The Bitcoin (BTC) thread

Deepdiver

Crow
Gold Member
I guess our definition of "crazy risks" is a bit different. I'd bet most agree that raising your hand to the IRS saying "yes, I own crypto!" is a crazy risk. Becuase that's exactly what happens when you go through KYC.
LOL now that BTC is pushing $20K the old BTC meetup solution to sell BTC for cash at a meetup can get you jacked BLMA style. I have not yet seen a non-KYC exchange or DEFI platform that allows for exchange of BTC for Dollars, Euros, Rubles, Yuan etc.

Blockfi allows you to allocate some BTC to earn % like a CD and to have a credit card to spend for local fiat purchases and to borrow against BTC for various biz or personal needs without having to sell your BTC thus not incurring Cap Gains taxes about to Double under Kommie Kamala Beijing Biden.

You either manage your taxes and IRS rules and regs or the IRS manages you.
 

redbeard

Hummingbird
Gold Member
There are other solutions out there - HodlHodl, Bisq.

It isn't even about taxes, it's about operational security. I don't want President Harris knocking at my door.
 

JayJuanGee

Crow
Gold Member
LOL now that BTC is pushing $20K the old BTC meetup solution to sell BTC for cash at a meetup can get you jacked BLMA style. I have not yet seen a non-KYC exchange or DEFI platform that allows for exchange of BTC for Dollars, Euros, Rubles, Yuan etc.

Blockfi allows you to allocate some BTC to earn % like a CD and to have a credit card to spend for local fiat purchases and to borrow against BTC for various biz or personal needs without having to sell your BTC thus not incurring Cap Gains taxes about to Double under Kommie Kamala Beijing Biden.

You either manage your taxes and IRS rules and regs or the IRS manages you.

Yes, Deepdiver. Over the years, you have demonstrated a penchant to pump non-bitcoin options in this thread at any opportunity that you seem to get.. you believe that you have a BIGGER audience in this thread.

This is another one of those situations.
 

Deepdiver

Crow
Gold Member
Yes, Deepdiver. Over the years, you have demonstrated a penchant to pump non-bitcoin options in this thread at any opportunity that you seem to get.. you believe that you have a BIGGER audience in this thread.

This is another one of those situations.
Talk about a disrespectful comment ... Blockfi is all about innovative ways to profit on BTC HODLs without incurring unnecessary short term Cap Gains taxes - so - I guess you are in with the lot that does not want to pay any taxes - or - you are outside the USA or the IRS has not caught up with you yet.
 
Last edited:

Deepdiver

Crow
Gold Member
There are other solutions out there - HodlHodl, Bisq.

It isn't even about taxes, it's about operational security. I don't want President Harris knocking at my door.
RB I hear you about OpSec - thanks for the link - problem is I have to pay my bills in USD and have not found a way to convert my Cryptos to USD on a no KYC platform.

Interesting Pomp Interview discussing merits of BTC and Gold - Dan mentioned that when Gold hits $4,000 BTC likely to hit $400K USD another reason why borrowing against BTC is a fast growing market for long term HODLers.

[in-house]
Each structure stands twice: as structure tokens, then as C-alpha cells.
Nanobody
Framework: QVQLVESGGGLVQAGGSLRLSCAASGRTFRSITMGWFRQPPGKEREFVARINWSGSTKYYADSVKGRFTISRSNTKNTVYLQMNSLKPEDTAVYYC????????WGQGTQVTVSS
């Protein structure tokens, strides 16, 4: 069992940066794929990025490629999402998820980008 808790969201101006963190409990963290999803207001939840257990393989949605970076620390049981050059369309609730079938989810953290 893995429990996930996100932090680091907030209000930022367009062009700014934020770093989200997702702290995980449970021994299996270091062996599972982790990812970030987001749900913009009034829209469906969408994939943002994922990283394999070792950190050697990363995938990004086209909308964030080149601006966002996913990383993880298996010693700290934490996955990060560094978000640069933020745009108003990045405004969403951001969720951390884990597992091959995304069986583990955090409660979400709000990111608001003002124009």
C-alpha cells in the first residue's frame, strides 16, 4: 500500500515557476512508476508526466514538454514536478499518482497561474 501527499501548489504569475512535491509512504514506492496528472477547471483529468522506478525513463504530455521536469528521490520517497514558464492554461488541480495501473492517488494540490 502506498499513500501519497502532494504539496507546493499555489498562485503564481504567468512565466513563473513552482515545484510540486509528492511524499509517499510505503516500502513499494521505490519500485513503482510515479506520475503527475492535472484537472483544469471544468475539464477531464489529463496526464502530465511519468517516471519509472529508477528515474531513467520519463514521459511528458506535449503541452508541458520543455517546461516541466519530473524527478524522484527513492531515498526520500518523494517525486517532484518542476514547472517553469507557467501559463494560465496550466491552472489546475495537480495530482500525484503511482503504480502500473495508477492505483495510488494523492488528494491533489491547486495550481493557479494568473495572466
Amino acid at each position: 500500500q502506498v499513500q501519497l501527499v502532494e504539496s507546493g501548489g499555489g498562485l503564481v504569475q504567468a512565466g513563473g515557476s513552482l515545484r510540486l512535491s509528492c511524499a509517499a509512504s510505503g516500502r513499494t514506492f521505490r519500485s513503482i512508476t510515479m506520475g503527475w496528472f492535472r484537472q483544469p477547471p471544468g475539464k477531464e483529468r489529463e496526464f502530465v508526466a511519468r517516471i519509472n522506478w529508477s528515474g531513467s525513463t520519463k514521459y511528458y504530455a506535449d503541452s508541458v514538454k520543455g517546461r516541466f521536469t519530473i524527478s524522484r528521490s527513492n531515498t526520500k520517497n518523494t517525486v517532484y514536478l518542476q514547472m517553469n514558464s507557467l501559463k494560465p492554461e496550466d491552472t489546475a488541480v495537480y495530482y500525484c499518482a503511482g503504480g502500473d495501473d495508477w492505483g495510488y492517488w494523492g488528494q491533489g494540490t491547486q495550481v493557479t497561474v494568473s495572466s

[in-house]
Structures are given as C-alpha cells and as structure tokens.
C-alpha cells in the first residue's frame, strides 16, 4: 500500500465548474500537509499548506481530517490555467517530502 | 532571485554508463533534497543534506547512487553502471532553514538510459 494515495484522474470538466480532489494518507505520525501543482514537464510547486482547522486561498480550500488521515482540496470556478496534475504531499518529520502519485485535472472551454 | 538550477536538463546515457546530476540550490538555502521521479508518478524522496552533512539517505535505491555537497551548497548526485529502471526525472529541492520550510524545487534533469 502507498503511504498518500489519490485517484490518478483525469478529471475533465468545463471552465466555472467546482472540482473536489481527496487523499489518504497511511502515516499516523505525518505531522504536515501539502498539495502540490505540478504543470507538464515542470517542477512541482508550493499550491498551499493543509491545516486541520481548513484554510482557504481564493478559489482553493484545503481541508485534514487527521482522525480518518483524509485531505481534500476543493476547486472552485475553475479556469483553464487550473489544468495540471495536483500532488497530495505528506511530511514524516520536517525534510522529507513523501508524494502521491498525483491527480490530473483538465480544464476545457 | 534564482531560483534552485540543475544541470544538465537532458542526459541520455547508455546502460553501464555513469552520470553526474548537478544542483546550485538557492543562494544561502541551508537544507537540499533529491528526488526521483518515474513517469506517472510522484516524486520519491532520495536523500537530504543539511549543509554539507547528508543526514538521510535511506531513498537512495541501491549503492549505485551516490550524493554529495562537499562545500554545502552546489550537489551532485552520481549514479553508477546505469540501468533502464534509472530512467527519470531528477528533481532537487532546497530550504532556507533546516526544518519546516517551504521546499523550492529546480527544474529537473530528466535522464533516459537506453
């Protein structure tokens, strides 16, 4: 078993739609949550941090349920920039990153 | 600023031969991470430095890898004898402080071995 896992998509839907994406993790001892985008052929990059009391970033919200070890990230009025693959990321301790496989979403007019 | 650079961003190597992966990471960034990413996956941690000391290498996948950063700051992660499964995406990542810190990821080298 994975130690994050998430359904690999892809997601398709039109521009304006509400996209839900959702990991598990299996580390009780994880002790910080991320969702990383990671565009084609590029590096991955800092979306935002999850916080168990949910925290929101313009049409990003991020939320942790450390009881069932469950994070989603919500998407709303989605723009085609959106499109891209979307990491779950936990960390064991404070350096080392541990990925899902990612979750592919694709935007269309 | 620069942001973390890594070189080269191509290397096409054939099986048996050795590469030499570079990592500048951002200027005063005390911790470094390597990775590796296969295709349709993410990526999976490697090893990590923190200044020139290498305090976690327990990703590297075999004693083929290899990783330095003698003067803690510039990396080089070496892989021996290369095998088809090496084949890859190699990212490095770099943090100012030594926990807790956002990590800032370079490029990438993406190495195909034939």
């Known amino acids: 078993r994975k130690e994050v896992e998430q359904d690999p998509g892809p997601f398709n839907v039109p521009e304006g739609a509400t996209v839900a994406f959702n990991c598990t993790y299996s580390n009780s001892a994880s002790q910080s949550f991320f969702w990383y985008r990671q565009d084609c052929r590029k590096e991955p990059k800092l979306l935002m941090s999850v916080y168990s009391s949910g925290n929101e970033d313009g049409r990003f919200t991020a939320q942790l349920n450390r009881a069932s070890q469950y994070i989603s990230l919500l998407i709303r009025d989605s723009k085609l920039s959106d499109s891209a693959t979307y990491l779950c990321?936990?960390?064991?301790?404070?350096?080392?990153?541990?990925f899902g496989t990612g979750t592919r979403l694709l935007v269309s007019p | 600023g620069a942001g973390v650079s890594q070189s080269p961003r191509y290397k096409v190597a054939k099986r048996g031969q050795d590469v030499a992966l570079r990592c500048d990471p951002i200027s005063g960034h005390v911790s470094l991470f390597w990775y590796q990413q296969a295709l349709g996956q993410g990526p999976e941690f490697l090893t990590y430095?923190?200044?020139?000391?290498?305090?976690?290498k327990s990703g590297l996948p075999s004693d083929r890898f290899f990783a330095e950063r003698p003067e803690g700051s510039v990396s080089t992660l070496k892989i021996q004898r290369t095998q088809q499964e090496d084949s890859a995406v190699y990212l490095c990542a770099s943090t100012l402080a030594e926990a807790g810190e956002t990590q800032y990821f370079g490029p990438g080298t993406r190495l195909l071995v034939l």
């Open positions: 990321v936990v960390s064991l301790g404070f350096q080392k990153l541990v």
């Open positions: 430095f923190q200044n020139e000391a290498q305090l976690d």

(225) Pomp Podcast #436: Dan Tapiero on Gold and Bitcoin - YouTube

 

Blade Runner

Pelican
Orthodox
Long term, sure...

Just listening to an interview on the Kaiser report with some institutional money guy though, and he said something interesting...

"I'm a fiduciary. [Clients trust me with their money]. So if I'm going to invest in something, I have to understand it. I don't understand bitcoin... I don't understand how it can have a value of close to $20K..."

Just think how many institutional guys think that way. And it's not their money. Plus they have senior guys above them who understand it even less, carry the buck, and who would have to approve the investment.

A few big names coming out in support isn't going to change that too quickly.

It's one thing to risk your own money on something you understand, it's totally another to risk someone else's money on something you don't, AND put your nuts on the line to persuade your old money boss it's a good idea.
Just wait for the Fed spigots to open even more, and people will be looking for scarce entities, regardless of if they understand it or not. It's funny because you aren't seeing the future, nor are they, clearly at all. But I don't expect old guys too. Times have been good for their whole lives, more or less. And they don't believe anything as bad as what's coming is coming. Fact.
 

JayJuanGee

Crow
Gold Member
Talk about a disrespectful comment ... Blockfi is all about innovative ways to profit on BTC HODLs without incurring unnecessary short term Cap Gains taxes - so - I guess you are in with the lot that does not want to pay any taxes - or - you are outside the USA or the IRS has not caught up with you yet.

You take things pretty personally..for some strange reason.

No, I am not opposed to guys attempting to figure out various ways that they might not have to sell their BTC in order to be able to get cash flow from those kinds of mechanism.

I suppose that I was triggered by your use of the term Defi, rather than blockfi.. even though I still am a bit unclear if blockfi would be the right vehicle for such a thing..